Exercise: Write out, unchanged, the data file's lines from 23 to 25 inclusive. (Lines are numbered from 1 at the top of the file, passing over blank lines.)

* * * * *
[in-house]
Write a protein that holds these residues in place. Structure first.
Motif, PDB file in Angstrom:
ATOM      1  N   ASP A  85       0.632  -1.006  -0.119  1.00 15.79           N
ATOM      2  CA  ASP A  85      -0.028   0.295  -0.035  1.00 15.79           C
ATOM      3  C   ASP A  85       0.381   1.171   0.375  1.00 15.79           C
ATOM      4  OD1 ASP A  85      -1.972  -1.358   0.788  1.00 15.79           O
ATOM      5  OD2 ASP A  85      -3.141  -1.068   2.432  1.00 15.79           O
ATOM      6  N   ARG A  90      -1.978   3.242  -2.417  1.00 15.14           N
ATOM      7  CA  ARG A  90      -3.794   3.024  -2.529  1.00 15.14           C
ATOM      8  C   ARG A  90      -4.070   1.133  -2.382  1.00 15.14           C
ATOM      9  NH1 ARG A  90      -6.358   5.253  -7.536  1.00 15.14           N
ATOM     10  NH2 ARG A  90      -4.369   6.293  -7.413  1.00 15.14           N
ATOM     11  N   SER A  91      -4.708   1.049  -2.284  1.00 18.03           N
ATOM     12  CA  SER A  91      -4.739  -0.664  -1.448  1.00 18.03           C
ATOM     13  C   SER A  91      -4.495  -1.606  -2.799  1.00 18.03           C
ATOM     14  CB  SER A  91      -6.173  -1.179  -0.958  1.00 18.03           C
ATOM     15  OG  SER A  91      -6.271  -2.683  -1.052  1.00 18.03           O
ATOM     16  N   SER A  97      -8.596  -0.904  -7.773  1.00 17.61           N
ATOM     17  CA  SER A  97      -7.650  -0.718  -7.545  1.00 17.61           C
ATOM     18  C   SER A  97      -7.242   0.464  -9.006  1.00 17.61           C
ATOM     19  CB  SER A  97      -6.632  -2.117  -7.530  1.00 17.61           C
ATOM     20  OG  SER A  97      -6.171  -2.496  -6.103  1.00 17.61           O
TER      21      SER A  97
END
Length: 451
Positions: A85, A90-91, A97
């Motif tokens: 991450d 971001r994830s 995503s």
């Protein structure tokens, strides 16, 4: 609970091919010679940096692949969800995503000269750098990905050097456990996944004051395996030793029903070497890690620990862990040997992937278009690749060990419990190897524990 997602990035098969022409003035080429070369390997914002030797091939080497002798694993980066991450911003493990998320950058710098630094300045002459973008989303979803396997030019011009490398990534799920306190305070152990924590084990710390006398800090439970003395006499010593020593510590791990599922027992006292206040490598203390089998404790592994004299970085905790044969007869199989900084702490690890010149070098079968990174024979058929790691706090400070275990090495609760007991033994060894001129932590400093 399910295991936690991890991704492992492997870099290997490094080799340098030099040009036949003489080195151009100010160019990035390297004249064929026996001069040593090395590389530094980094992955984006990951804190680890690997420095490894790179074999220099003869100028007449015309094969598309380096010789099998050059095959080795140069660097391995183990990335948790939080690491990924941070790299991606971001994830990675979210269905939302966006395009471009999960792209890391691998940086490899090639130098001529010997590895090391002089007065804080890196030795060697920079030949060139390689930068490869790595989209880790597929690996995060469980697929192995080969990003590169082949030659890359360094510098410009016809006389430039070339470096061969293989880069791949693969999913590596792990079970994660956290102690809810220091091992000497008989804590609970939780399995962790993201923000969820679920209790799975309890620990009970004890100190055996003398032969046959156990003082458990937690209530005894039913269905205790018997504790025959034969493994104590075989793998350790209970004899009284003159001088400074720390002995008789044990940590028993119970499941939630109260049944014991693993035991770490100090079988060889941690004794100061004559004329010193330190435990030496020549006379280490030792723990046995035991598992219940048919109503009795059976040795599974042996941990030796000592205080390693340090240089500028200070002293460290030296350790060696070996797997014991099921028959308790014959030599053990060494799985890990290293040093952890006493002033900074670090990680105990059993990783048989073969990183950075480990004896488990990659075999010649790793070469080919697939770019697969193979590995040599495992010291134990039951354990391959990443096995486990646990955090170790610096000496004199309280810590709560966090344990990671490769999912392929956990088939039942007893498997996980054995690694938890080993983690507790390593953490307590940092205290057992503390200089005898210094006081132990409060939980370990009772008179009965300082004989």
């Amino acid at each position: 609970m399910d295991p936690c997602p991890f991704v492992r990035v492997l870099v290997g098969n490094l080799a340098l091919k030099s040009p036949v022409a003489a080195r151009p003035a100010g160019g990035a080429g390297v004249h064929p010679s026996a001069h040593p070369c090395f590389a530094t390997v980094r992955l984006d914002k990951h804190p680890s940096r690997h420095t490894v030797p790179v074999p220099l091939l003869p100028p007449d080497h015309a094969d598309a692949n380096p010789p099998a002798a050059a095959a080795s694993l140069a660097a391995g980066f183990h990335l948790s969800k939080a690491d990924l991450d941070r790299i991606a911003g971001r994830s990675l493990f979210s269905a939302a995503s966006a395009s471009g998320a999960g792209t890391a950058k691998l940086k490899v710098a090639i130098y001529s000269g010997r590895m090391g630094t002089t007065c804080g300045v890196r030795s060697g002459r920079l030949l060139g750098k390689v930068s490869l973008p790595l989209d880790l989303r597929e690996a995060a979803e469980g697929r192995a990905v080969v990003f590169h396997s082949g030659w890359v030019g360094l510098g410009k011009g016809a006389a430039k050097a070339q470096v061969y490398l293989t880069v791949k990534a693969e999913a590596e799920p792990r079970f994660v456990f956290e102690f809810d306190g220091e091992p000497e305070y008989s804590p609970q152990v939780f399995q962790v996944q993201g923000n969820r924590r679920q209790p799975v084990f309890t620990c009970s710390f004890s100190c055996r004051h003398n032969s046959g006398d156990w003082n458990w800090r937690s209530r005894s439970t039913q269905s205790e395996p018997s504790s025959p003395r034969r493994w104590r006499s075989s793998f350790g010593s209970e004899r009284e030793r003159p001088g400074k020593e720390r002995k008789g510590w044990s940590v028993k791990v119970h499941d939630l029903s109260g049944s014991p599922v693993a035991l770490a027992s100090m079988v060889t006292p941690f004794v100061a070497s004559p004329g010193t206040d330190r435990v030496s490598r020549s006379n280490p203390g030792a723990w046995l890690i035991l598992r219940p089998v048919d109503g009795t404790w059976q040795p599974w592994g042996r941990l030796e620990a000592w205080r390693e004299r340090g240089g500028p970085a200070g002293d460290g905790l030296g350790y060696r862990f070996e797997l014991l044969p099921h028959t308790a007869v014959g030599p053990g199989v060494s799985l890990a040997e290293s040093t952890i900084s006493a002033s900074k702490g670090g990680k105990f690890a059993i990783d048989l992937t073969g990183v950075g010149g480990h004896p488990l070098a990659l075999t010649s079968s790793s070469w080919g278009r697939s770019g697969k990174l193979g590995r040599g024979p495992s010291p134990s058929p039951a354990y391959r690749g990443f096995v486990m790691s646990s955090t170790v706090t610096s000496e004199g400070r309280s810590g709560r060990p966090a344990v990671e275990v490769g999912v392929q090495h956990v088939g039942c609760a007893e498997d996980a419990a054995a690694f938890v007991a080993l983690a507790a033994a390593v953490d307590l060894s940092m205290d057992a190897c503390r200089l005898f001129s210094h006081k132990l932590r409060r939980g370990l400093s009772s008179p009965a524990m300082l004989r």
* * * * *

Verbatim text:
ATOM     20  OG  SER A  97      -6.171  -2.496  -6.103  1.00 17.61           O
TER      21      SER A  97
END